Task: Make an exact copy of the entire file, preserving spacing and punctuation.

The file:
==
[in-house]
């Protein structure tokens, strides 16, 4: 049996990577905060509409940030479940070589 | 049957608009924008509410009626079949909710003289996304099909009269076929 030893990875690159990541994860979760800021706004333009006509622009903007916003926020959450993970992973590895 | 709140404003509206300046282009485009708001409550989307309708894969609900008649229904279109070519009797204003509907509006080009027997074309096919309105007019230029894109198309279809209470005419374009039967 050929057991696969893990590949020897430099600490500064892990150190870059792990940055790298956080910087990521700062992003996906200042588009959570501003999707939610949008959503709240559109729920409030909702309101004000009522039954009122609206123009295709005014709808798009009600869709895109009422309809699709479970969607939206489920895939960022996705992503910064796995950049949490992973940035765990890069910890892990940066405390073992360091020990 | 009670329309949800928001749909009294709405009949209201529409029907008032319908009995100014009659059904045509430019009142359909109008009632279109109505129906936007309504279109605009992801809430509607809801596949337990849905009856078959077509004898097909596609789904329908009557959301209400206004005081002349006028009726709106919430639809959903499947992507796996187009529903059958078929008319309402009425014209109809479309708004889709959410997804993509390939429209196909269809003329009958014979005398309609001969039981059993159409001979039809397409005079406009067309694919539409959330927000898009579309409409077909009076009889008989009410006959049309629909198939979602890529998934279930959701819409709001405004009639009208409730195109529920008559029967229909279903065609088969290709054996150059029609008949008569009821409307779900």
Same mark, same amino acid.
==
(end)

[in-house]
């Protein structure tokens, strides 16, 4: 049996990577905060509409940030479940070589 | 049957608009924008509410009626079949909710003289996304099909009269076929 030893990875690159990541994860979760800021706004333009006509622009903007916003926020959450993970992973590895 | 709140404003509206300046282009485009708001409550989307309708894969609900008649229904279109070519009797204003509907509006080009027997074309096919309105007019230029894109198309279809209470005419374009039967 050929057991696969893990590949020897430099600490500064892990150190870059792990940055790298956080910087990521700062992003996906200042588009959570501003999707939610949008959503709240559109729920409030909702309101004000009522039954009122609206123009295709005014709808798009009600869709895109009422309809699709479970969607939206489920895939960022996705992503910064796995950049949490992973940035765990890069910890892990940066405390073992360091020990 | 009670329309949800928001749909009294709405009949209201529409029907008032319908009995100014009659059904045509430019009142359909109008009632279109109505129906936007309504279109605009992801809430509607809801596949337990849905009856078959077509004898097909596609789904329908009557959301209400206004005081002349006028009726709106919430639809959903499947992507796996187009529903059958078929008319309402009425014209109809479309708004889709959410997804993509390939429209196909269809003329009958014979005398309609001969039981059993159409001979039809397409005079406009067309694919539409959330927000898009579309409409077909009076009889008989009410006959049309629909198939979602890529998934279930959701819409709001405004009639009208409730195109529920008559029967229909279903065609088969290709054996150059029609008949008569009821409307779900």
Same mark, same amino acid.